I recently had the pleasure of being a guest at the wedding of my 37 year old cousin, Heather to her fiancee, Tom. They had a romance novel cute meet. Her car died and she called for a tow. He was the owner of the towing service and he didn’t usually do the actual towing. This time, however, he did. They met, they talked, they began to fall in love. After so many years of waiting to find that special someone, they finally found each other.
They planned an April wedding and Heather promised it would be casual. She promised she would wear jeans. So what should I, as a guest, wear? I tried on several outfits and put on a jean skirt. I asked my husband’s opinion. “I think it’s cute,” I said.
“It. Is. Cute.” He actually hates the word cute because he’s been called that word too often in his life. It was at that point that I realized I was trying way too hard. Wearing that particular skirt, I looked like a reject from the cast of the musical “Oklahoma.” It was a wonderful relief to truly realize that this wasn’t about me. I could show respect for this event by wearing jeans and a jacket. The bride would be pleased.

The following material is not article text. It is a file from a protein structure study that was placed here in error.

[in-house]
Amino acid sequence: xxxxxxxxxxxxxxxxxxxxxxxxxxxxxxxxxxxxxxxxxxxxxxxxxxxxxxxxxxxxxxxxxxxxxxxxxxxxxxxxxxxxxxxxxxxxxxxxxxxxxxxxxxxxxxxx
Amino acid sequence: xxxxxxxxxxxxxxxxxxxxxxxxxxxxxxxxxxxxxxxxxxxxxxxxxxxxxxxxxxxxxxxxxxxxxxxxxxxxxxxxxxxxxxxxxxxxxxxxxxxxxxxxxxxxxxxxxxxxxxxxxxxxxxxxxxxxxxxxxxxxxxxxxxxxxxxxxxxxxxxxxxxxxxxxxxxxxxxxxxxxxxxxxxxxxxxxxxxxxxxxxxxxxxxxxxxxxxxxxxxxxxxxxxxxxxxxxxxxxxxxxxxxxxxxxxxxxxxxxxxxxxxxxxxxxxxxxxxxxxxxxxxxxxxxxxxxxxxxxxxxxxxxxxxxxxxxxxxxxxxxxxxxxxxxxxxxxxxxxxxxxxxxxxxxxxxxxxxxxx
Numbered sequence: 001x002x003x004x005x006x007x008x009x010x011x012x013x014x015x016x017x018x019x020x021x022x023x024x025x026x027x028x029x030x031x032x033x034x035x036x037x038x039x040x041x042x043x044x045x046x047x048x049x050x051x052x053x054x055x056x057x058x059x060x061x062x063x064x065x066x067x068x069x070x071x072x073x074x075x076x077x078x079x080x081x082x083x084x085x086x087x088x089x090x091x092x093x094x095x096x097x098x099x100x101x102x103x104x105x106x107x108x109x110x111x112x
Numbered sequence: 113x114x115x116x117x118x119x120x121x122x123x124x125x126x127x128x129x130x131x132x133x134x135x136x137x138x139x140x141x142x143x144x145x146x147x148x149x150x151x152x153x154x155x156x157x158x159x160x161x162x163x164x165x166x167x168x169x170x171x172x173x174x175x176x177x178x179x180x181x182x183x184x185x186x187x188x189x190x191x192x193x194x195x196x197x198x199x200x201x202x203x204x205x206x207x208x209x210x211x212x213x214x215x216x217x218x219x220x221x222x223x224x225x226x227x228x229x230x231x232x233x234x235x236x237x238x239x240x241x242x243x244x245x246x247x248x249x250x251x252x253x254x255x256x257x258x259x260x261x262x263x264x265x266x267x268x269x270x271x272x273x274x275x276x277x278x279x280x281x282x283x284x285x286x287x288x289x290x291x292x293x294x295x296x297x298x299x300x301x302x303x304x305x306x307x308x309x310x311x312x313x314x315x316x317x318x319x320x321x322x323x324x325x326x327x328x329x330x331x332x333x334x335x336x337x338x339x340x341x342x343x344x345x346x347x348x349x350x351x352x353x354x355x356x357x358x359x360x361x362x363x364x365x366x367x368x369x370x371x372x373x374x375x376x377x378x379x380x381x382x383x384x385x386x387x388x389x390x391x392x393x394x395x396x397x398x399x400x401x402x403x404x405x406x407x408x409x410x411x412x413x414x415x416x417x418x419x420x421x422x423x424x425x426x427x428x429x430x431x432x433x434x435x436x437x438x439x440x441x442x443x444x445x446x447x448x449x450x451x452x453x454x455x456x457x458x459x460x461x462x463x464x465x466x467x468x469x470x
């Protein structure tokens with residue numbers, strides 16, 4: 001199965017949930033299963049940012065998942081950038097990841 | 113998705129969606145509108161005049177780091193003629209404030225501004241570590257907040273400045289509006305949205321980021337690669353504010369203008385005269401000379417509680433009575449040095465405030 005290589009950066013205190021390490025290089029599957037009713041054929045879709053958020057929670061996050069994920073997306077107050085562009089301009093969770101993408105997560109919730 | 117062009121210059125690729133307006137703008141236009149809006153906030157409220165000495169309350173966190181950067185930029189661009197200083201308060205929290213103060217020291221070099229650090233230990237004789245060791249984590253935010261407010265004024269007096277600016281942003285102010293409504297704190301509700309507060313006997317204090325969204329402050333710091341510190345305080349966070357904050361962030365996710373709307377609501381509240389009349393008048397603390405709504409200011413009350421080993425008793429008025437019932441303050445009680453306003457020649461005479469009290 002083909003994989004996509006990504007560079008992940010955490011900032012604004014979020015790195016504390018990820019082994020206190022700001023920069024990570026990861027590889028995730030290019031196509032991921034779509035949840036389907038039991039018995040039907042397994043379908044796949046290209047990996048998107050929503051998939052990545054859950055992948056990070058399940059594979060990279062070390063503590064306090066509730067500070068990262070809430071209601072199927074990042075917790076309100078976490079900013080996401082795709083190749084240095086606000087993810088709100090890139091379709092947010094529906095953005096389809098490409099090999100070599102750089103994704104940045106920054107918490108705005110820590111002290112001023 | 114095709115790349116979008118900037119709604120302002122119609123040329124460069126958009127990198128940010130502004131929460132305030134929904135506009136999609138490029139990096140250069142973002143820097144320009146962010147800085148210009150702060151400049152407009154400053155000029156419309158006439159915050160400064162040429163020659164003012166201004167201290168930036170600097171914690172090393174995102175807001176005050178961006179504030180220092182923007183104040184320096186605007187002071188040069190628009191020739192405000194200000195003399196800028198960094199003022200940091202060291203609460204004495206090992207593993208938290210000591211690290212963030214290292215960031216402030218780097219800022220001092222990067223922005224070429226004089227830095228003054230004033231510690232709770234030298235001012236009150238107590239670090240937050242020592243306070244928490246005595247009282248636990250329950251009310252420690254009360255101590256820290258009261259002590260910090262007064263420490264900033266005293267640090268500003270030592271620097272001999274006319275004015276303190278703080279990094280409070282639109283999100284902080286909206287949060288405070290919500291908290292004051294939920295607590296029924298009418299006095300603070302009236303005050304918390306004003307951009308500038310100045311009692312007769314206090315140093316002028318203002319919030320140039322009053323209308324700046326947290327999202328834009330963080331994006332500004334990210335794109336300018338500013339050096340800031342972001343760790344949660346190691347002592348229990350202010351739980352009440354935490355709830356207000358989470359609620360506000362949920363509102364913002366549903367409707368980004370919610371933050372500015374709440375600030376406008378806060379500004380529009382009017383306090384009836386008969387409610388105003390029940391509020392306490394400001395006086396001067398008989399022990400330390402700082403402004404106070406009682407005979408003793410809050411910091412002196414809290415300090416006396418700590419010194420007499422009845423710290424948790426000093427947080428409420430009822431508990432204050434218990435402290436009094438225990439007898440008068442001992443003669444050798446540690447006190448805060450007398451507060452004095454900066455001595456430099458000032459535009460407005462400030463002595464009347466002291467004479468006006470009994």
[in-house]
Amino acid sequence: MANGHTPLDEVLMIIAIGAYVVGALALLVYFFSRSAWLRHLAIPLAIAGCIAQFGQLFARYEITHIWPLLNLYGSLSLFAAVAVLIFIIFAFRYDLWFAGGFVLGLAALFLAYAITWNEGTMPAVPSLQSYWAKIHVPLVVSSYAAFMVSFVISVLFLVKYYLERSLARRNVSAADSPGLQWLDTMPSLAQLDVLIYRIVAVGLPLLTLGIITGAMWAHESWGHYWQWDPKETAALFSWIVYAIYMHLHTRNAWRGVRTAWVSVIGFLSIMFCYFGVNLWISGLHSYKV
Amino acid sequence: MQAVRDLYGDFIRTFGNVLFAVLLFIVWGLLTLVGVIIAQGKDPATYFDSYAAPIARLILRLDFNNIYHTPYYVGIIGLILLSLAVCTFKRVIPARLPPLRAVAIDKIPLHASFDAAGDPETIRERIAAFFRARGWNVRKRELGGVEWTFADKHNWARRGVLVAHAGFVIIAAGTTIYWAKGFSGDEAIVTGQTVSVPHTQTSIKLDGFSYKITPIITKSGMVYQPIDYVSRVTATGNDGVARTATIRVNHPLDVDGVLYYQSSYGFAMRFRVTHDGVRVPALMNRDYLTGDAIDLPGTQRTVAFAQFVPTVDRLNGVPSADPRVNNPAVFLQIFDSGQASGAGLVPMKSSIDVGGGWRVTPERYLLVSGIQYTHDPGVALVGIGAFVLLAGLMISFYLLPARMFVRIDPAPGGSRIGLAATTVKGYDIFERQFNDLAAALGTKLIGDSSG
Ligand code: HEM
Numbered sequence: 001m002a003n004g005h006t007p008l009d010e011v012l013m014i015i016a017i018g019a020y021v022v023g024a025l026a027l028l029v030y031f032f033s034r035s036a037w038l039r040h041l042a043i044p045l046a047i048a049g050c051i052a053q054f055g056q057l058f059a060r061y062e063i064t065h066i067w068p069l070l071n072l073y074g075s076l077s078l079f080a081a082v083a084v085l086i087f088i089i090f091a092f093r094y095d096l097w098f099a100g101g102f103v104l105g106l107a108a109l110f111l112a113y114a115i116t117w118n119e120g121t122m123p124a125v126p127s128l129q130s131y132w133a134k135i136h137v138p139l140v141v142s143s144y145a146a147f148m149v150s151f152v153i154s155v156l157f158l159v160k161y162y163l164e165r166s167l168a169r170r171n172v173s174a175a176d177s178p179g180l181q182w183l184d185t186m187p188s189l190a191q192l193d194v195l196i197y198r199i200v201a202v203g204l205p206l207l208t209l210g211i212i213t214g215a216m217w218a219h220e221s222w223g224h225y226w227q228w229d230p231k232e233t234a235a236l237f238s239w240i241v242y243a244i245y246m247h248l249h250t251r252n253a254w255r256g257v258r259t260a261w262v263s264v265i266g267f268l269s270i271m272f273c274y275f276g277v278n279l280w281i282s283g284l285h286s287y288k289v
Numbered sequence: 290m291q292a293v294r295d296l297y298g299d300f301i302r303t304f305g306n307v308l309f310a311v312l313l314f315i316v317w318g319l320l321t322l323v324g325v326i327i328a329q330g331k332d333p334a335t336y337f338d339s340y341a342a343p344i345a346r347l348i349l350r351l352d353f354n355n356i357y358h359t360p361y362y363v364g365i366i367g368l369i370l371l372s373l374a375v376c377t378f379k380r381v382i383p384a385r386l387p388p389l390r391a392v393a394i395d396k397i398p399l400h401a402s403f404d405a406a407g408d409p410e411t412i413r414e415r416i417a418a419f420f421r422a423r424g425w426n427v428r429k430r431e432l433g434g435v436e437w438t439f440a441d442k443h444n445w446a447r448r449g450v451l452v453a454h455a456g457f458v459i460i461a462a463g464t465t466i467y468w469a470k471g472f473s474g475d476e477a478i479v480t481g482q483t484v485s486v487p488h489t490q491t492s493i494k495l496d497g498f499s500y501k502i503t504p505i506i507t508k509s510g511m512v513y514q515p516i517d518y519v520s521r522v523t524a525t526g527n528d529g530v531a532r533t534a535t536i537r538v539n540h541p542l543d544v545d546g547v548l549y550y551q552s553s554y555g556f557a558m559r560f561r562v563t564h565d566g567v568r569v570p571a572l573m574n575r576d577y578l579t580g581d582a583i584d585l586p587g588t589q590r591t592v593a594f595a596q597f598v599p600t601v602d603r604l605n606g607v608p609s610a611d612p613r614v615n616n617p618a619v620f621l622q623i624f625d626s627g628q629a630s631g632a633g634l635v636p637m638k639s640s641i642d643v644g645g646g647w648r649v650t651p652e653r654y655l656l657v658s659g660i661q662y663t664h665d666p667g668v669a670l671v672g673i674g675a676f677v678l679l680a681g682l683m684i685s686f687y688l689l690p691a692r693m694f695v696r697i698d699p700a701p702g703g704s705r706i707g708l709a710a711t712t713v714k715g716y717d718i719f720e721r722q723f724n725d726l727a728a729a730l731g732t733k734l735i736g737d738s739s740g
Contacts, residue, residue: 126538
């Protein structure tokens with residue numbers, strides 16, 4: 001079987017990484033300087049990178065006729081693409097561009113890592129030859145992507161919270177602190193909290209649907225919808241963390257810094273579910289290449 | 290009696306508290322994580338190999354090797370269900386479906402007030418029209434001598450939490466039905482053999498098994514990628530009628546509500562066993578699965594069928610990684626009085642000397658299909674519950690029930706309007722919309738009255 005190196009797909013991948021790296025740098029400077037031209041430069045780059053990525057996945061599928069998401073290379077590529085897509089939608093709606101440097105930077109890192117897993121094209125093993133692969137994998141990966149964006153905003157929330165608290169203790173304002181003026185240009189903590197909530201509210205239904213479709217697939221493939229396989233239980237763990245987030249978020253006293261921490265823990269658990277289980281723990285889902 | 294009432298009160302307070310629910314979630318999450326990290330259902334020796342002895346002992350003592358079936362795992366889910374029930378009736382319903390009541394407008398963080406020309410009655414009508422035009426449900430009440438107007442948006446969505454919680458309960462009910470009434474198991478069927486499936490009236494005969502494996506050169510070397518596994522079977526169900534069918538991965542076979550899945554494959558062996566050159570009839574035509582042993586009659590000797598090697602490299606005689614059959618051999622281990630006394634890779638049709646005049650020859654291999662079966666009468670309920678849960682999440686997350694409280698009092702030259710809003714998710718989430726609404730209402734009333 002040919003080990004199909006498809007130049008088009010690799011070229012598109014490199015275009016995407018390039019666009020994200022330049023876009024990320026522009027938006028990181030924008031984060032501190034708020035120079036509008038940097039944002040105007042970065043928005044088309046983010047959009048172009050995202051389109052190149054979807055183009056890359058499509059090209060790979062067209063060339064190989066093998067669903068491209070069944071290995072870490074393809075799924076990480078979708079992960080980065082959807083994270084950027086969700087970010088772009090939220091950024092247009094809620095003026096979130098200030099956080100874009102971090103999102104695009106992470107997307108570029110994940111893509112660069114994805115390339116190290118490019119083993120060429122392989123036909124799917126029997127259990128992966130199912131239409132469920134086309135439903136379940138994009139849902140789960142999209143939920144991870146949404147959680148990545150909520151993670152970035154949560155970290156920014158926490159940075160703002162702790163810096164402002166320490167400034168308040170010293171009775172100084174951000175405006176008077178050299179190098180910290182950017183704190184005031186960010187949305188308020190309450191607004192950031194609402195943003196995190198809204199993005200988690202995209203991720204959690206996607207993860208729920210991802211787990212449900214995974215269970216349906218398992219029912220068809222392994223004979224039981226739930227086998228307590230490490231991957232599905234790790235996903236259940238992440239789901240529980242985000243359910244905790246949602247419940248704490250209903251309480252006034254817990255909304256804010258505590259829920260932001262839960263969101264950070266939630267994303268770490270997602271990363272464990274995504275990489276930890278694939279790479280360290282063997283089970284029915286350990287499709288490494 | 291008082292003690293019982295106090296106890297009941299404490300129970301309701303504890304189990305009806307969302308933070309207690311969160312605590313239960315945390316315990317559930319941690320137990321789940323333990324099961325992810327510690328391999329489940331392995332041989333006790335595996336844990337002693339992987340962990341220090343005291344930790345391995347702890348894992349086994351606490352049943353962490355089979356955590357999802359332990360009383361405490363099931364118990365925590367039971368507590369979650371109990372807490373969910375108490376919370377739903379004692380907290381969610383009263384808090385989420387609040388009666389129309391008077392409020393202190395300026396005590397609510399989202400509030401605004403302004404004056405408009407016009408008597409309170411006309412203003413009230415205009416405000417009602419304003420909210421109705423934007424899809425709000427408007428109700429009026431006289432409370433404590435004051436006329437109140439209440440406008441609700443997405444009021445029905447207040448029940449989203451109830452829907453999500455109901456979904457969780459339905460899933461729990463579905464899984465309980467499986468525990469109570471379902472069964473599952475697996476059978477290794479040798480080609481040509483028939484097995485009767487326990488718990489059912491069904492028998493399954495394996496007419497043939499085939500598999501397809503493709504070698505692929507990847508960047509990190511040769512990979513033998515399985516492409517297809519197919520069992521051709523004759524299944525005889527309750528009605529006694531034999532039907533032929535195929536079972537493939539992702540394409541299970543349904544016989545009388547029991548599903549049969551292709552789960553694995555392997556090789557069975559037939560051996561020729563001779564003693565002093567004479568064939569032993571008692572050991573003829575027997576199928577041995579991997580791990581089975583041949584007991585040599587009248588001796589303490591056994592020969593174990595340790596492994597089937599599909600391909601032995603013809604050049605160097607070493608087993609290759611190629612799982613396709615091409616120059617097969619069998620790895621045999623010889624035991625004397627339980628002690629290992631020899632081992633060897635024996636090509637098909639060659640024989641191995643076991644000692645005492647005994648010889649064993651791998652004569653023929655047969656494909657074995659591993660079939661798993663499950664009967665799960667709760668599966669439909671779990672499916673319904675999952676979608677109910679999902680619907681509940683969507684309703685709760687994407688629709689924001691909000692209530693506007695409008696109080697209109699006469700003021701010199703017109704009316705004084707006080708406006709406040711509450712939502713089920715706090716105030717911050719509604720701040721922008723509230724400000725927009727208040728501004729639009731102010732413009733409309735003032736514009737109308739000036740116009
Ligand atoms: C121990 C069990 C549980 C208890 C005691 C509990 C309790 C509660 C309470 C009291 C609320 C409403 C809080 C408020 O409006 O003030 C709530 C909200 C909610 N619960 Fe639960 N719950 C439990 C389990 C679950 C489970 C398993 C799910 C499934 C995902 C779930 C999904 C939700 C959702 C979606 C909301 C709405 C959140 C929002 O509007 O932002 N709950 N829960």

We traveled to the barn where the wedding would be held. This barn was so old it was in the historical register. The bride and groom greeted people as they entered the barn. Then for the ceremony, the couple entered from a side door and sat with the rest of the guests as the minister read scripture. Heather and Tom only stood as they repeated their vows. And both of them wept. As the rest of us did.
Most times, a wedding is almost a show. There’s nothing wrong with that. It can be beautiful. But this time, it really was an anti-show. A humbling joining of two people who had waited so very long to find that special someone. And I was humbled to witness the joining.
Other than your own wedding, can you remember the wedding that most moved you? Share.